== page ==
I could now apply effects in the app while adjusting EQ and gain on the track via the mixer – something you can’t do all at once within a typical app. My testing led to an enjoyable two hours of mixing through random tracks in my music Library, something which I should have recorded!

Configurations

The iRig Mix is not just an ultraportable, slimline two-channel mixer; it has a variety of different set-up options which opens the door to using the mixer as a mini-hub for musicians as well as DJs keen on mobile mixing. This is hardly surprising given the established product line with a focus on bands and live music.

  • Single iOS device – as discussed, the mixer behaves like a splitter cable and gives you cue control over both left and right decks through the mixer. Both decks will be mono
  • Two iOS devices – a more traditional DJ setup where a single iOS device sends a stereo signal into one mixer channel
  • Guitar/mic input with effects – this is where the iRig Mix extends further than a simple DJ mixer. An external audio source (such as a guitar) is plugged into the 1/4″ socket at the front and an iOS device (with effects apps such as Amplitude or VocaLive) can process the incoming signal, sending it back through into channel 1 on the mixer. The second channel on the mixer is still free for any other audio input to be added into the mix
iRig Mix with Guitar setup
Live music processing with the iRig Mix

The “X-SYNC” button only makes any sense if the mixer is being used in conjunction with the corresponding DJ Rig app. Using this switch, you should be able to use the “Sync” button in the app to match the beat of any incoming audio source via the mixer.

Since the recent update (v1.0.3) to the DJ Rig app, the X-Sync function works well. You connect your iOS device into input 1 and your other audio source (perhaps a drum machine, synth or CD deck) into input 2. With the X-Sync button set to “On” and the audio input button above set to 2, the mixer is configured and ready. Inside the DJ Rig app, you need to enable X-Sync in the configuration section. When I had a secondary external audio input feeding into the mixer, the DJ Rig app detected the bpm of that audio source and I could sync my loaded track with a quick press of the “Sync” button. I suspect that the cable from the iOS headphone jack to the mixer not only sends stereo output to the mixer but also receives a mono channel into the internal mic.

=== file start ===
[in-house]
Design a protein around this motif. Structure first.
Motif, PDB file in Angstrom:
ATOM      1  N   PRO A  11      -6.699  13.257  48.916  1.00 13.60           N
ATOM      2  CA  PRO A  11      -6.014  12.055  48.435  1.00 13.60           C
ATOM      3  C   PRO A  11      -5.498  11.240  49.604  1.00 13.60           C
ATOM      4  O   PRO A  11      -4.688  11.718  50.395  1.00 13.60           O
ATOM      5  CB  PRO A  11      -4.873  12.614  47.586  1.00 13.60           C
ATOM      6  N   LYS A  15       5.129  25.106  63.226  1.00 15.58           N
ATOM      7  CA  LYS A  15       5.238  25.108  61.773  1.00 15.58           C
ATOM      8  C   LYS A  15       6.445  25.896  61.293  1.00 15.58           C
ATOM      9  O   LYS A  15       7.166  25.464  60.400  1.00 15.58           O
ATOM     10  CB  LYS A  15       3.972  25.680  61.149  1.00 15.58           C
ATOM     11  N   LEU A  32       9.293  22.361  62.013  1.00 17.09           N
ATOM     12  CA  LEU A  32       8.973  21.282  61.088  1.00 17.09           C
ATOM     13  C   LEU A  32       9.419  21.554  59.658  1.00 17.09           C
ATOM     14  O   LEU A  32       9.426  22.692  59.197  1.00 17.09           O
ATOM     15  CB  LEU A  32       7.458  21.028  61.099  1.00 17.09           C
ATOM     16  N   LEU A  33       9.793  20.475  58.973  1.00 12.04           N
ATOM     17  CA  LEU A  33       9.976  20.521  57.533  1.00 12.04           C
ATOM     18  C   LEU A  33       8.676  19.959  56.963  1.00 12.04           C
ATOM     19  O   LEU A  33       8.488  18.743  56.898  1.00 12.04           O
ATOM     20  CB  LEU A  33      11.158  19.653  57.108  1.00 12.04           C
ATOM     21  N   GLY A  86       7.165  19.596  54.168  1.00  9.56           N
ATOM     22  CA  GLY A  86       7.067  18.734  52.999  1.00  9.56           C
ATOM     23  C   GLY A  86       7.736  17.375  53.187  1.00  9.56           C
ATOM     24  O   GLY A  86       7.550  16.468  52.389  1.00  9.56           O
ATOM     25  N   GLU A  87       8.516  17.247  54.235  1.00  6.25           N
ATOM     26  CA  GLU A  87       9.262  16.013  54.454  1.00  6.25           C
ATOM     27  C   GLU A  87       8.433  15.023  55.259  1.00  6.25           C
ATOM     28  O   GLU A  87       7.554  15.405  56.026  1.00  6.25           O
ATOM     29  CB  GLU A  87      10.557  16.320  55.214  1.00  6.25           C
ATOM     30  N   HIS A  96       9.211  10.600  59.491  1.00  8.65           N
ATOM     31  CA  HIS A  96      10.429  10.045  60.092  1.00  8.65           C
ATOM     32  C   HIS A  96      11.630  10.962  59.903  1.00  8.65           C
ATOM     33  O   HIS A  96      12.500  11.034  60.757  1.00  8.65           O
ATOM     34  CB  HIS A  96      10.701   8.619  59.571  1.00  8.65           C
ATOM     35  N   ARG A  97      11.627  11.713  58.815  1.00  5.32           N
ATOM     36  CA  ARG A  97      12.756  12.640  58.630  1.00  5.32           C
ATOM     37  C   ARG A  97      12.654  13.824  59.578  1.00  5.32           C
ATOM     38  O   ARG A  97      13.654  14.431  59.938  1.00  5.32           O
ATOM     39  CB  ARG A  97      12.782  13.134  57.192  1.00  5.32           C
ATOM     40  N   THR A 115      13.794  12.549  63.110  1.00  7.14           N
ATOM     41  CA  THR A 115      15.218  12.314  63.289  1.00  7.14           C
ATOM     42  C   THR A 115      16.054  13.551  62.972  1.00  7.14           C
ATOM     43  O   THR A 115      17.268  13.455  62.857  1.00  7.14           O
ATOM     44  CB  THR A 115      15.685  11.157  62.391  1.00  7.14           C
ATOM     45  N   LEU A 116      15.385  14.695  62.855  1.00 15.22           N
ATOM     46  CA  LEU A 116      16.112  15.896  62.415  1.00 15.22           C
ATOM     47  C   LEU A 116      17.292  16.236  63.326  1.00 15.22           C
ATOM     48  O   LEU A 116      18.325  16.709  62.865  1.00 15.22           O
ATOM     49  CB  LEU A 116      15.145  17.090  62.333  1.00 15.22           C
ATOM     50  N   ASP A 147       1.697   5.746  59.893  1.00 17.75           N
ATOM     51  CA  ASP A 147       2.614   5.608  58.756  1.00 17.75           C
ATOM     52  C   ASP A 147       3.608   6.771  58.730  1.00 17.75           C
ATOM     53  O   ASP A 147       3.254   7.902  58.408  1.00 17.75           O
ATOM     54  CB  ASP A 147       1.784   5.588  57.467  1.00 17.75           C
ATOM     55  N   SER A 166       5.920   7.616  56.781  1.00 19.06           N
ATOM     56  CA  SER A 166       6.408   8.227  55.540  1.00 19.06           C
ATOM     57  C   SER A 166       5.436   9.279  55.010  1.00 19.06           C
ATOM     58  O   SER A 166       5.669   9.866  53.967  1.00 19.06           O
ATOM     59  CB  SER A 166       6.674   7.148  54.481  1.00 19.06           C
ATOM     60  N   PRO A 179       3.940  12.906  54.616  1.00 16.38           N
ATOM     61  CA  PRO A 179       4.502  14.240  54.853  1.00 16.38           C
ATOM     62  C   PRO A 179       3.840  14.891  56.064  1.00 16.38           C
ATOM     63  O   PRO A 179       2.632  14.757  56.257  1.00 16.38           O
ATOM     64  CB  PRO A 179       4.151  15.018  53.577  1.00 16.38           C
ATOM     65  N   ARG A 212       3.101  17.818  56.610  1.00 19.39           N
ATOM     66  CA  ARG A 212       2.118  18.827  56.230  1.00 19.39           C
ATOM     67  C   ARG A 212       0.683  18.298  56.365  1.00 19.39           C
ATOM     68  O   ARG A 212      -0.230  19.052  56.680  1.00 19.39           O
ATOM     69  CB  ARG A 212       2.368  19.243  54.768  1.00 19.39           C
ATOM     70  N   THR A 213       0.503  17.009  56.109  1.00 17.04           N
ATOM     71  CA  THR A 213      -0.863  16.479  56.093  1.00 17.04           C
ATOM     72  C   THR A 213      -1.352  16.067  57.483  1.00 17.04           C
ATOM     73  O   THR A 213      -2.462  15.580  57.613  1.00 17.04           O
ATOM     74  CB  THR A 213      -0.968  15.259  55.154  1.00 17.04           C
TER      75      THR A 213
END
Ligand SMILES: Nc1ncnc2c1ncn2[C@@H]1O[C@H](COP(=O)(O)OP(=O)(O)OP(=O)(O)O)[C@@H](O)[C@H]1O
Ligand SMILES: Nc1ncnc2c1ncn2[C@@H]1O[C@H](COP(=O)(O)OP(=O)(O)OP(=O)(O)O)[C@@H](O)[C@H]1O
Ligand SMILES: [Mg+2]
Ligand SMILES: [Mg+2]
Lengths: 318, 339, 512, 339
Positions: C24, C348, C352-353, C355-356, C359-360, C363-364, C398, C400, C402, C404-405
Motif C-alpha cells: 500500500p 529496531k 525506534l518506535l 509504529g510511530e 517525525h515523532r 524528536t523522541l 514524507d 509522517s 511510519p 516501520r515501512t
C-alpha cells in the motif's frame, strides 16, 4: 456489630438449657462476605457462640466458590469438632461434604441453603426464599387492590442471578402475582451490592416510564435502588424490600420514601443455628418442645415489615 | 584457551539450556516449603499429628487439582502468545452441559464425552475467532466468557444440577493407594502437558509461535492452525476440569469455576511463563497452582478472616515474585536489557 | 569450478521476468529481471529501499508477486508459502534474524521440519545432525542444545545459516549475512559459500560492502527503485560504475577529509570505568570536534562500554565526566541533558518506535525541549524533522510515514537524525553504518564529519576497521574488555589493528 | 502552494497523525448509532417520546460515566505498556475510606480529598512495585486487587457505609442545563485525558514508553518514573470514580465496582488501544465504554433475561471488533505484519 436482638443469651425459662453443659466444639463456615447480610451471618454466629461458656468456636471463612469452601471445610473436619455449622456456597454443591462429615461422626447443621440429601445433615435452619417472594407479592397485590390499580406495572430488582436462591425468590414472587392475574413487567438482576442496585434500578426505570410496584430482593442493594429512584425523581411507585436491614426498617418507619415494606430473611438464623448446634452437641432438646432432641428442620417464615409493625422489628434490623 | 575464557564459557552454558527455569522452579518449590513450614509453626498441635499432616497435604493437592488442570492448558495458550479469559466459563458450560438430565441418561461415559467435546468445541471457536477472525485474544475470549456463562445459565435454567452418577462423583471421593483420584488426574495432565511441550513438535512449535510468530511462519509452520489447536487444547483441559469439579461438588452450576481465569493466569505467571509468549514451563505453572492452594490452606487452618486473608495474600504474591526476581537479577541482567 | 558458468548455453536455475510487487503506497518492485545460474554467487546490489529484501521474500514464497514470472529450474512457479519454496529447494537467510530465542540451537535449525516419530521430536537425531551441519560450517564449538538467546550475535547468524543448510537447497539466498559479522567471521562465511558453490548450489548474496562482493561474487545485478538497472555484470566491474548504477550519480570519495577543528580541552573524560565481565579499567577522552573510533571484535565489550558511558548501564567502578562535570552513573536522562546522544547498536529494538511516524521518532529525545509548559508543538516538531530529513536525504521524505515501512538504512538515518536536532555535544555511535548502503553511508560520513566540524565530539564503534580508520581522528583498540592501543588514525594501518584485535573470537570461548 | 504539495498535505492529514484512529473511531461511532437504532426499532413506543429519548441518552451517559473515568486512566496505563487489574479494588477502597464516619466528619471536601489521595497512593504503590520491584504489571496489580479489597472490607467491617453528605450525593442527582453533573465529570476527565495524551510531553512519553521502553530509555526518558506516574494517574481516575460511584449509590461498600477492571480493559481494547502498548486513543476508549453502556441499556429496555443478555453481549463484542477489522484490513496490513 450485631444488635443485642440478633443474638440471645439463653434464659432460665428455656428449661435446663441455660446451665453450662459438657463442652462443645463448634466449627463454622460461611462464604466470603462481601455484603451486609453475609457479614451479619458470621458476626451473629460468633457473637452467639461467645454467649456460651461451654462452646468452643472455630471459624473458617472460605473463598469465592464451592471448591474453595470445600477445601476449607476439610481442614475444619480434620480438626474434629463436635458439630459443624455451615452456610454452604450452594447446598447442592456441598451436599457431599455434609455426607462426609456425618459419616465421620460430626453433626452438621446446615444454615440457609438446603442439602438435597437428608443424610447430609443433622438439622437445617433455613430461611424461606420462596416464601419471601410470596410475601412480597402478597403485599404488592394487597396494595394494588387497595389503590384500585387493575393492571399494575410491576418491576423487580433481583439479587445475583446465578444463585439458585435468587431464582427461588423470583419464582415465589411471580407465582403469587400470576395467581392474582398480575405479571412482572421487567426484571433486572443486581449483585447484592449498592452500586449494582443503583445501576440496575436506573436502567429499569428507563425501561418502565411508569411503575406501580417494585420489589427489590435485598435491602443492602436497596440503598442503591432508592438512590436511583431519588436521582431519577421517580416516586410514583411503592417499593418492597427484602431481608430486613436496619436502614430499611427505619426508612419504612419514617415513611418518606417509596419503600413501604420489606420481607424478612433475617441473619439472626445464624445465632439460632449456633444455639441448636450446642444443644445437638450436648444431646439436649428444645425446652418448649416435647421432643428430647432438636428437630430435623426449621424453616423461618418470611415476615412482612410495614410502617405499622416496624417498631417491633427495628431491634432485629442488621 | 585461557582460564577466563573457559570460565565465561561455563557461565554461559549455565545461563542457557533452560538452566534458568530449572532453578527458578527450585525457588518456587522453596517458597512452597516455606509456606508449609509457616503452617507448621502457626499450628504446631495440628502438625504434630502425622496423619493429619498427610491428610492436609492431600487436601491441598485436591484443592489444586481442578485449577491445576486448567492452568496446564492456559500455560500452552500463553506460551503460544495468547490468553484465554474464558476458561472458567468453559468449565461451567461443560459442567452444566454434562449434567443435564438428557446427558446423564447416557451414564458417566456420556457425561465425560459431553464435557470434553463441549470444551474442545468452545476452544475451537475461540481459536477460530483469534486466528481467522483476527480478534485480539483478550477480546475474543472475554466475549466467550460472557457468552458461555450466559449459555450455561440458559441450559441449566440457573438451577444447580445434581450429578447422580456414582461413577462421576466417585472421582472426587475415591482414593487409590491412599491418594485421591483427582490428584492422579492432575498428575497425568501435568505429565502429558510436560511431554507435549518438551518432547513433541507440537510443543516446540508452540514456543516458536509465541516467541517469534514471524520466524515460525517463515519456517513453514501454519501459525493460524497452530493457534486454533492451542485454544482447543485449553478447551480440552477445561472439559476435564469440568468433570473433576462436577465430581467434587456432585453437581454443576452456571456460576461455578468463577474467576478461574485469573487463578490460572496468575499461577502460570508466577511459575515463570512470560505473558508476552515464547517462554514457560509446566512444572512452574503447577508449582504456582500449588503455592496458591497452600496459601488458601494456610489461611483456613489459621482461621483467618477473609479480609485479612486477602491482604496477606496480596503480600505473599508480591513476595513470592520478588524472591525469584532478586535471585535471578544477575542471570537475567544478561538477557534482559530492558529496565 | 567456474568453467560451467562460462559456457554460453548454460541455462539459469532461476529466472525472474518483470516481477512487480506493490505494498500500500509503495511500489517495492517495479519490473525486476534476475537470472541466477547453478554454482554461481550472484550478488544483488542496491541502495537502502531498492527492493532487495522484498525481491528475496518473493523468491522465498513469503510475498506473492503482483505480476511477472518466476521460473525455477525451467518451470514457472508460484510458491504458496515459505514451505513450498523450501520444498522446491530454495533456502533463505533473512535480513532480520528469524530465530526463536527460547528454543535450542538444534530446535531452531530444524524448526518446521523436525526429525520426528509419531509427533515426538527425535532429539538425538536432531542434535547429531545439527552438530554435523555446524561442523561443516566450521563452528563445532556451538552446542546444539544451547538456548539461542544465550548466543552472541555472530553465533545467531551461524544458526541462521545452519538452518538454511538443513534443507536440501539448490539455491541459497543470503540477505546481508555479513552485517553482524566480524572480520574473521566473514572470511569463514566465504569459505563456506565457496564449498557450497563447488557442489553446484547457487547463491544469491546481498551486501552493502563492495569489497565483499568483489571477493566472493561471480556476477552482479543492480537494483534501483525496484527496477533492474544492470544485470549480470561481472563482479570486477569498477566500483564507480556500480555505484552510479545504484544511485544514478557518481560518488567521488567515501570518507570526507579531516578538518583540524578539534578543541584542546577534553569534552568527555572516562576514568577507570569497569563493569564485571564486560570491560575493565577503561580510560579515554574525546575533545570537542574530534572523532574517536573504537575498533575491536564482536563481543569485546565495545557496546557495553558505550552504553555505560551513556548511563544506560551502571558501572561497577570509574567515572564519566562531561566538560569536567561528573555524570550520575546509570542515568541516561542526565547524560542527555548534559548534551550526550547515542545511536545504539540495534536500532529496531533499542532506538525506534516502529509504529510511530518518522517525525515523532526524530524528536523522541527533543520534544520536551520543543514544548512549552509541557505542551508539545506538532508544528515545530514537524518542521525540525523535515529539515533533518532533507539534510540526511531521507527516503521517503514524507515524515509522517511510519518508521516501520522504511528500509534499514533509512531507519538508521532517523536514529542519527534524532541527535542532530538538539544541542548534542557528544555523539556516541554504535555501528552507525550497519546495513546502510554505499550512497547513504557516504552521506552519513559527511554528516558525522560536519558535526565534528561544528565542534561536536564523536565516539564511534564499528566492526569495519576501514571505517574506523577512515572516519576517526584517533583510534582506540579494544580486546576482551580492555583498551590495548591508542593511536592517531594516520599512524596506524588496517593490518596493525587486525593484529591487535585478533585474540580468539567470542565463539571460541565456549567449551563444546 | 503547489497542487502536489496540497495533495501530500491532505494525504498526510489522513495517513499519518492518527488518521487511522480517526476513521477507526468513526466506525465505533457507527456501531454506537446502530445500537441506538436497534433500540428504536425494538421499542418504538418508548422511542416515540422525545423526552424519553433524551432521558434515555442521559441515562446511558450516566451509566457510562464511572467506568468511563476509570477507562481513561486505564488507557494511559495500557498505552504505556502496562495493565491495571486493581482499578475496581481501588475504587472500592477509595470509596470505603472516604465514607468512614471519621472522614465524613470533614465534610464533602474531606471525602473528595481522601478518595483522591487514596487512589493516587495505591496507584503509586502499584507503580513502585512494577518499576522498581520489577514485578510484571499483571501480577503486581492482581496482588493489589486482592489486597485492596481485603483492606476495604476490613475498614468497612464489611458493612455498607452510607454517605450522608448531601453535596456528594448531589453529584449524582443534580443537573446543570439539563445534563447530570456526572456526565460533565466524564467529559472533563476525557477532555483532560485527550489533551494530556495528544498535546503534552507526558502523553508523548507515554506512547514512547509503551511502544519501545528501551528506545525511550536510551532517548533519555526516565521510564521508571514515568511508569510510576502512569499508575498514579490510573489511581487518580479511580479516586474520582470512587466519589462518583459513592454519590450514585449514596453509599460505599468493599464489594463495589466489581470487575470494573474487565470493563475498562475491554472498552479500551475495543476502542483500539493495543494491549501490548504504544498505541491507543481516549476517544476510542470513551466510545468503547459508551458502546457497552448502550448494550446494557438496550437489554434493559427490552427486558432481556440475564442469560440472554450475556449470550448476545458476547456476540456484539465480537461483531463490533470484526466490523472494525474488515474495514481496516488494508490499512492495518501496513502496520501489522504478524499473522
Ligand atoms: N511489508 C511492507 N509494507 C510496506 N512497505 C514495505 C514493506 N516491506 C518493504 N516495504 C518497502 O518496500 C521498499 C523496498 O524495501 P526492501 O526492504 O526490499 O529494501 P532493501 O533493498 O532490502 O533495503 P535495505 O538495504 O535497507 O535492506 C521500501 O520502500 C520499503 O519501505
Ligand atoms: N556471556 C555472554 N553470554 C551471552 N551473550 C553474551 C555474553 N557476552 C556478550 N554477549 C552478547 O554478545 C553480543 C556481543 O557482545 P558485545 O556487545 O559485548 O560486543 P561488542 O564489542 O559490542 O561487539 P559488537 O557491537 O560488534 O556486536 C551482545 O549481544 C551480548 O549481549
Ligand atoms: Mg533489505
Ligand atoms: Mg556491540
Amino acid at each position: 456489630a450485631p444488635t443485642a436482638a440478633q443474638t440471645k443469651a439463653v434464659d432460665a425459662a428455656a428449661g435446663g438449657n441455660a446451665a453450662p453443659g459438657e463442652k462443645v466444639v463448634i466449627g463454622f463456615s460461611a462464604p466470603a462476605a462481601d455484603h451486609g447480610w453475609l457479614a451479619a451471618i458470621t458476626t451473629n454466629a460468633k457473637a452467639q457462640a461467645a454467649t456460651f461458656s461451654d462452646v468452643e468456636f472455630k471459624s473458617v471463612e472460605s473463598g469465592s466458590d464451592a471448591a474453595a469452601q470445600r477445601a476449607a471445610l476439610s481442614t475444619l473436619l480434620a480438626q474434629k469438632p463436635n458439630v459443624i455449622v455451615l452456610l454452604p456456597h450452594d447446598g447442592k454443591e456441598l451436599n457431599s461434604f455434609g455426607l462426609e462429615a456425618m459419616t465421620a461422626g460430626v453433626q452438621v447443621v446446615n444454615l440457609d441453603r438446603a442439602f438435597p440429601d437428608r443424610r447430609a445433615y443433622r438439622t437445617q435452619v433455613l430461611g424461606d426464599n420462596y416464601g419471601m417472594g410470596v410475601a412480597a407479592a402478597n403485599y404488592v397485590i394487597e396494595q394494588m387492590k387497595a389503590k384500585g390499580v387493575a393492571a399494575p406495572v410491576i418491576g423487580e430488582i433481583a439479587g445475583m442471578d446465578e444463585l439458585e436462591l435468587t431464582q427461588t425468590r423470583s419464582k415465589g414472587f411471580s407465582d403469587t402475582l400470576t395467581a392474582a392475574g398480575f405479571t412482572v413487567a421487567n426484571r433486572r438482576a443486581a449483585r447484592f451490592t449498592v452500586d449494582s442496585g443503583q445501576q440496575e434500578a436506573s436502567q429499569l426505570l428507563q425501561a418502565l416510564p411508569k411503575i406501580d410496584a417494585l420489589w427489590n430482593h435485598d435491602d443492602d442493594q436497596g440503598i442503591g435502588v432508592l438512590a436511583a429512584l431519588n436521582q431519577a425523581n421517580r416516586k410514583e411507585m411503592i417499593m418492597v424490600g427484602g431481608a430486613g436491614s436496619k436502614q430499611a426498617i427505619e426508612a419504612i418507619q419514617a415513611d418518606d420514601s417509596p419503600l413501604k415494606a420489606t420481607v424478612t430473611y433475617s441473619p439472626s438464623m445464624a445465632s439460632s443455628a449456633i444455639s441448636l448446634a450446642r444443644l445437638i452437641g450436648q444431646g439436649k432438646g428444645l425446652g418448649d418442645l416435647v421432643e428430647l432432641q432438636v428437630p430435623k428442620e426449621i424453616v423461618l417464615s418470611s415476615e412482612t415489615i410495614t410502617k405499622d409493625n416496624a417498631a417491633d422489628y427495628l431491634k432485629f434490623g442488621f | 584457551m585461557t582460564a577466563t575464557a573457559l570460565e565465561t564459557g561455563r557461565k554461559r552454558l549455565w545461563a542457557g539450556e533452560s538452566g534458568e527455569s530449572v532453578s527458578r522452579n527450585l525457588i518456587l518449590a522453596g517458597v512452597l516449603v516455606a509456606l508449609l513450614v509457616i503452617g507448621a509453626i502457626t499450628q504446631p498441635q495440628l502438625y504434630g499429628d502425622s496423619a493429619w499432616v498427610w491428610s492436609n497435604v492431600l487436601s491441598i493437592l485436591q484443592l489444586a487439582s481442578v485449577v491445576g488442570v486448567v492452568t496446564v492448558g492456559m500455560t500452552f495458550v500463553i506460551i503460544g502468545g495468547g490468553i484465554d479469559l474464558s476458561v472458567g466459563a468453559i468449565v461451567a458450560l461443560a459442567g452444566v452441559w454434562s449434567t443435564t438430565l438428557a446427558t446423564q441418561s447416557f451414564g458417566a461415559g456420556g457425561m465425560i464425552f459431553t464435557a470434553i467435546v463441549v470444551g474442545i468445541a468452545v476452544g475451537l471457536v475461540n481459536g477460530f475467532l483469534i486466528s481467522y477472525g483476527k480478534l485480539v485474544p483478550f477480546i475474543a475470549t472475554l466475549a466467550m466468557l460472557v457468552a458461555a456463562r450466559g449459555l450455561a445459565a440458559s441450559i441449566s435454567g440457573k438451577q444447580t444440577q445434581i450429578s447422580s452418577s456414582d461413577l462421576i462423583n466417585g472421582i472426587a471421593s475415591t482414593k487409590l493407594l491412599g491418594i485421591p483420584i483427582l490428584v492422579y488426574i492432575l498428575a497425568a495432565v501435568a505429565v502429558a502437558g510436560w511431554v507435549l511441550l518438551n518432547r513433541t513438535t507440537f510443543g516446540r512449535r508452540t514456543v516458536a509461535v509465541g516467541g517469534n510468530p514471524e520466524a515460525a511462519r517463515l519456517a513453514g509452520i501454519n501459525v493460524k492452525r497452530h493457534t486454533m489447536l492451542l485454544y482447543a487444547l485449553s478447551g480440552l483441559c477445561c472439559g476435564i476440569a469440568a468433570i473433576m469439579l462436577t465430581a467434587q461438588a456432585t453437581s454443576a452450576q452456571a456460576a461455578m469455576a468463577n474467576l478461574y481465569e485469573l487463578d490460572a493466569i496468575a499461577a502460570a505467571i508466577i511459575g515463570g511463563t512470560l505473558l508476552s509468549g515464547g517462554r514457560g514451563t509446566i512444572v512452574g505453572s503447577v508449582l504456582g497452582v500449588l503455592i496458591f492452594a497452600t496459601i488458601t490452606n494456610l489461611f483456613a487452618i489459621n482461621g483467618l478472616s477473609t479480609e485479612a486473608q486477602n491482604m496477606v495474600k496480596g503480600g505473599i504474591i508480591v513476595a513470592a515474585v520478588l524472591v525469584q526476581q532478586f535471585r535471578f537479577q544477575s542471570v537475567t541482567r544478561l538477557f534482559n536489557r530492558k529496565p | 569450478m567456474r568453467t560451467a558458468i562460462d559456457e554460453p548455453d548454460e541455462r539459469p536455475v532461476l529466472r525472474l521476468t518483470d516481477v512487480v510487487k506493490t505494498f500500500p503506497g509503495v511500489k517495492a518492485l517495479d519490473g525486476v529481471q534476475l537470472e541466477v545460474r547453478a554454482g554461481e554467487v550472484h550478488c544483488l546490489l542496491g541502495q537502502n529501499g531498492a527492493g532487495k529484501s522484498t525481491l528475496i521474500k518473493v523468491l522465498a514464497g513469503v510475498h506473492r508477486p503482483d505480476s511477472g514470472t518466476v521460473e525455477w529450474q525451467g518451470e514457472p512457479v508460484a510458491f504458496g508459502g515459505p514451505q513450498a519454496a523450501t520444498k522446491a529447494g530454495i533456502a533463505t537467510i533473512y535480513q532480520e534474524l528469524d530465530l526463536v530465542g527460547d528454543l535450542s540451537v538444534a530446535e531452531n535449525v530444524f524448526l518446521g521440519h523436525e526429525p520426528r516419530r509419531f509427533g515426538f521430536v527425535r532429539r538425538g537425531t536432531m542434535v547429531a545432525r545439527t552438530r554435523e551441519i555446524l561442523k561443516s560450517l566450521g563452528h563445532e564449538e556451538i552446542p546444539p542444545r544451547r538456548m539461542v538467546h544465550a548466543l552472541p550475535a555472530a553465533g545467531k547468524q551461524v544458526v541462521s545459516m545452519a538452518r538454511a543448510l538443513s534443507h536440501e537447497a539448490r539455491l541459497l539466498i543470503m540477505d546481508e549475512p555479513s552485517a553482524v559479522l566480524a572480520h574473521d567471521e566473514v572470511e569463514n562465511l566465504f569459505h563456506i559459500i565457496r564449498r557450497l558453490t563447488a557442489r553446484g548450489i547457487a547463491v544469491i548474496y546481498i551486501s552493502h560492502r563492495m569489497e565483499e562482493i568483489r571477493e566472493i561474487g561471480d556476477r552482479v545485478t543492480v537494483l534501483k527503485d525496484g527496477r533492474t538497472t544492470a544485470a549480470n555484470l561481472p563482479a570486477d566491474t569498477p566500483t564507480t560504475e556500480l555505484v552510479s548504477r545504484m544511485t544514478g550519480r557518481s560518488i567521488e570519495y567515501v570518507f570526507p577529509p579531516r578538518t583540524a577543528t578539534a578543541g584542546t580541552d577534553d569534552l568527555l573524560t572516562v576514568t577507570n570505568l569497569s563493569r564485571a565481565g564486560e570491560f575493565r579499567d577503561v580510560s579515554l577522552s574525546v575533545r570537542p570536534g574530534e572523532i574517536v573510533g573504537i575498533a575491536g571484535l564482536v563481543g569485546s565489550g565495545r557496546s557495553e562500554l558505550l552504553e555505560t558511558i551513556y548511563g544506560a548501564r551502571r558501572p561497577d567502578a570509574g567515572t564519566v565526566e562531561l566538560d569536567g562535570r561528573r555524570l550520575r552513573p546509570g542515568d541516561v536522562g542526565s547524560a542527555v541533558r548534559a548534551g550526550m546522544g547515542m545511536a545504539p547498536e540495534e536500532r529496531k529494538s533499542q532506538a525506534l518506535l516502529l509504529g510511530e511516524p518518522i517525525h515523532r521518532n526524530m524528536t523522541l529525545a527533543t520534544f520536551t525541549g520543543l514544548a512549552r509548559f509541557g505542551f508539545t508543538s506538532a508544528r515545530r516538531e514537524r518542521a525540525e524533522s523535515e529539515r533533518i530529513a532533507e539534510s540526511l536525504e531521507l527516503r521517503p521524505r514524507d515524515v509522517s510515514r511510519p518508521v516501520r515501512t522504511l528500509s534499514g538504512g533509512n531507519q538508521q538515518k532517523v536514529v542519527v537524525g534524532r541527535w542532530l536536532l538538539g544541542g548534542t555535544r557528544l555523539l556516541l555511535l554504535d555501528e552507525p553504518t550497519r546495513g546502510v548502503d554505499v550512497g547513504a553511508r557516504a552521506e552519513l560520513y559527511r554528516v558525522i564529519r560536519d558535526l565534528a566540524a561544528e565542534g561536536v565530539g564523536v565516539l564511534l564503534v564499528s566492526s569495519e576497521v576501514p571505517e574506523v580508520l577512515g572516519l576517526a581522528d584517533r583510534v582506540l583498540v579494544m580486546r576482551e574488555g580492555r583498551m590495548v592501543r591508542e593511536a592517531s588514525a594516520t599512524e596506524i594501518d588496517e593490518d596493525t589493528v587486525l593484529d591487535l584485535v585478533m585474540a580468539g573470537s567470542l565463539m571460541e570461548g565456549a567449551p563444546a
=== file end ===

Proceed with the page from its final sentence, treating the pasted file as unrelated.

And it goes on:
Conclusion

The iRig Mix is a peculiar mixer. It’s not claiming to be solely for DJs, so as DJs we can’t expect to see all the features we’d like to have included. Equally, it’s not exclusively for musicians and bands, because you would need more than three channels and control of the mid-range EQ. But for solo modern musicians, the iRig Mix may be the perfect fit as they can easily play any instrument fed into channel 3, processed with effects from channel 1 and accompanied by sequenced beats on channel 2.

For me, the prospect of packing the iRig Mix into my bag along with an iPod Touch, an iOS battery pack and my MiniRig portable speaker means I have complete freedom to mix tracks anywhere with the added tactile benefits of using a physical mixer.

Ultimately, the mobile nature of the device and its many configurations are the key features that give the iRig Mix a unique selling point.

Does this mixer have enough features to keep iOS DJs happy? Are you excited by its versatility, or are there feature you think you’d miss? Or do you think in-app mixers are sufficient? Please feel free to share your thoughts in the comments.